There's a troubling gap in the Las Vegas shooting timeline
- There's an apparent six-minute gap from when a Mandalay Bay security guard was shot in the hotel to when the Las Vegas shooter opened fire on 22,000 concertgoers.
- The Mandalay Bay has said that police officials' timeline of the night could be incorrect.
- People are turning to conspiracy theories as explanations.
People are pressing police and the Mandalay Bay Hotel and Resort to explain an apparent six-minute gap in the Las Vegas shooting timeline.
On Tuesday, police officials laid out an updated timeline for the Las Vegas shooting. At 9:59 p.m., Stephen Paddock shot security guard Jesus Campos through the door of his room. Campos, who was hit in the leg, notified security. Six minutes later, at 10:05 p.m., Paddock opened fire on 22,000 people attending a music festival. At 10:17 p.m., the first police officers arrived on the 32nd floor of the Mandalay Bay hotel.This timeline leaves 18 minutes from Campos being shot to the first police officers arriving on the scene. During these 18 minutes, Paddock carried out the largest mass shooting in modern US history - he had apparently already fired his last shots when officers arrived on the 32nd floor.
Many see the timeline as strange, especially in a place with as many security officials as the Las Vegas Strip. Why did it take police officers so long to arrive on the scene to stop Paddock?
Here are some of the possible explanations.
The police timeline is wrong
The timeline that places Campos' call six minutes before Paddock started shooting out the window could simply be flawed.
"We cannot be certain about the most recent timeline that has been communicated publicly, and we believe what is currently being expressed may not be accurate," MGM Resorts spokesperson Debra DeShong said in a statement Tuesday night.DeShong's statement continued: "This remains an ongoing investigation with a lot of moving parts. As evidenced by law enforcement briefings over the past week, many facts are still unverified and continue to change as events are under review."
Joseph Lombardo, the Las Vegas sheriff, gave some credence to this explanation on Wednesday.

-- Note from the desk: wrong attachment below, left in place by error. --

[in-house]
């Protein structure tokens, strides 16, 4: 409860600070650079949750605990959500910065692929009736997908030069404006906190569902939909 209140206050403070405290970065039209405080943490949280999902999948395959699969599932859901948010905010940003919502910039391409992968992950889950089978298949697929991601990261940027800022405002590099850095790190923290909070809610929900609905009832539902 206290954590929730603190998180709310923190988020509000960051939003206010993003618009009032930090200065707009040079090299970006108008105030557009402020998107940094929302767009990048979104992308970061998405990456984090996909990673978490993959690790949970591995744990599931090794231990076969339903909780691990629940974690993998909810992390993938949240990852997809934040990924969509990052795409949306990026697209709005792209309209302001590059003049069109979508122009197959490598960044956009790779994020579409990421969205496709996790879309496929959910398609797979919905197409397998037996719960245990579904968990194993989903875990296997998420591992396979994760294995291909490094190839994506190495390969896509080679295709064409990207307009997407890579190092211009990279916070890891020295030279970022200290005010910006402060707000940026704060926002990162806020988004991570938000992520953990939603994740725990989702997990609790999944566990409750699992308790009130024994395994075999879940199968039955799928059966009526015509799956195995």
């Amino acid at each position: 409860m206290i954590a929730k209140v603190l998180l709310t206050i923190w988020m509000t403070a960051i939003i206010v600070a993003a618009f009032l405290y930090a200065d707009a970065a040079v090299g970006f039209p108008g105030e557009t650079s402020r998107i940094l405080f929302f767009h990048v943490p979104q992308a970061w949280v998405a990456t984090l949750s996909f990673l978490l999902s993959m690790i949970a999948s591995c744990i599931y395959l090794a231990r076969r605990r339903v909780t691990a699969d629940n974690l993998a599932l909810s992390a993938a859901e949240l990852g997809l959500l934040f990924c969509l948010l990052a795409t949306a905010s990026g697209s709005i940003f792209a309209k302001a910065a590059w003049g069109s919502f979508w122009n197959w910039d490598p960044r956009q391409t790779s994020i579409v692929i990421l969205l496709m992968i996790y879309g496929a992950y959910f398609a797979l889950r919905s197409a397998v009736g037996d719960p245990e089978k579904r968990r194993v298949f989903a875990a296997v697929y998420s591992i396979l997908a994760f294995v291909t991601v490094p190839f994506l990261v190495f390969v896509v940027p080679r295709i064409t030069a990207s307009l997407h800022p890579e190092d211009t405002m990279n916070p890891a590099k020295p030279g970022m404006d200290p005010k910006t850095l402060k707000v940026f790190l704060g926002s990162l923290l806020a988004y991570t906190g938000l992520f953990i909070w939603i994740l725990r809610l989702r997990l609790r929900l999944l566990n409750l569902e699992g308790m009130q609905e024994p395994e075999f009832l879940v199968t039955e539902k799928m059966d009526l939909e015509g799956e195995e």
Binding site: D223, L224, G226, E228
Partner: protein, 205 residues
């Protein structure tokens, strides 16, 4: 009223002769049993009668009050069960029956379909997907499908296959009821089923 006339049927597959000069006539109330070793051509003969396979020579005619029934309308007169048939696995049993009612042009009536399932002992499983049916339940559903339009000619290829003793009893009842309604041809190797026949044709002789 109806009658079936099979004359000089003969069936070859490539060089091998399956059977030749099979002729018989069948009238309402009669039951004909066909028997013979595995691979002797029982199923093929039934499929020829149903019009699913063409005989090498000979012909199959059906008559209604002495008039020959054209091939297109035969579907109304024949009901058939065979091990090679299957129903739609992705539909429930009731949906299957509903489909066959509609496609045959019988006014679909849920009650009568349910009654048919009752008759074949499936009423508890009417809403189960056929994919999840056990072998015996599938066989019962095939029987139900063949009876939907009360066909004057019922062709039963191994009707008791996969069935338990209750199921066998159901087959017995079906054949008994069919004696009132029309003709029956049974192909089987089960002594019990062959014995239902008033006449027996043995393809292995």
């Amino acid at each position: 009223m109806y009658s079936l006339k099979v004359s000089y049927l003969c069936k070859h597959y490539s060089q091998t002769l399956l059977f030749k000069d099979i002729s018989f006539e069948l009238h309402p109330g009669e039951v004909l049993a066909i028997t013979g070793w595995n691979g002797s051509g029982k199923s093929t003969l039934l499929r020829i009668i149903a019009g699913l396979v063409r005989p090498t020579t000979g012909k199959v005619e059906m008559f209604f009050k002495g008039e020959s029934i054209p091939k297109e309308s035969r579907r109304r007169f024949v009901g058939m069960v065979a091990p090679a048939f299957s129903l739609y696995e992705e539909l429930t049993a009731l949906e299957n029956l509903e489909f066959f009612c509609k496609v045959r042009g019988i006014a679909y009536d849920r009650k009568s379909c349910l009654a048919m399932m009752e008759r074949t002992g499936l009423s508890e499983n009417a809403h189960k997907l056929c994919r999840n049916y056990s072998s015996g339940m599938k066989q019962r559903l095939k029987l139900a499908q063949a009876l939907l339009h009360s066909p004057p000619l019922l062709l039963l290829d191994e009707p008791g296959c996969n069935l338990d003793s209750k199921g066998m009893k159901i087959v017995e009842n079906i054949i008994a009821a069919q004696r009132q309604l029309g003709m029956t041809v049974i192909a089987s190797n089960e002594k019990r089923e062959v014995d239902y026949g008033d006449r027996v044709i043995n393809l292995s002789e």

"Nobody's trying to be nefarious, nobody's trying to hide anything, and what we want to do is draw the most accurate picture we can," Lombardo said in a television interview Wednesday, the Chicago Tribune reported. "I'm telling you right now, today, that that timeline might change again."
Confusion or other factors slowed police
According to the Los Angeles Times, "police audio dispatches revealed widespread confusion among officers at the scene, who had not received Campos' alert and were urgently trying to figure out where the gunfire was coming from."
Police and armed hotel security officials arrived on the floor at around the same time - roughly 10:17 p.m.
Questions about why this took close to 20 minutes could be used as ammunition by victims suing the Mandalay Bay.
Was the hotel constructed in a manner that made it harder for security officials to get around quickly? Did the Mandalay Bay staff fail to immediately alert the police? Did internal security procedures break down after Campos was shot?Lombardo, for his part, defended police officers' efforts.
"No matter what the timeline is, the response was as quick as possible, and I don't think the response could have been any faster," Lombardo said, according to the Chicago Tribune.
Wacky conspiracy theories gaining steam
The Mandalay Bay has quickly become a target for conspiracy theorists floating explanations that currently have no basis in fact.
A short list of conspiracies - all of which rely on alleged anonymous sources or pure imagination:
- The Mandalay Bay refused to call the police until Paddock began firing into the crowd.
- Paddock was framed by someone else who committed the crime and left before police arrived.
- Paddock had access to a service elevator, which helped him carry out the shooting .
- The shooting was an inside job and someone working at the Mandalay Bay knew about it.
- There was a second shooter , which confused police.
The conspiracy theories - which often plague victims following tragedies - are not relevant in and of themselves. However, they show people seeking answers when, at this point, there simply isn't one.
"There's going to be some questions that will never get answered," Lombardo said Wednesday.
The next press conference by Las Vegas police officials is scheduled for Friday.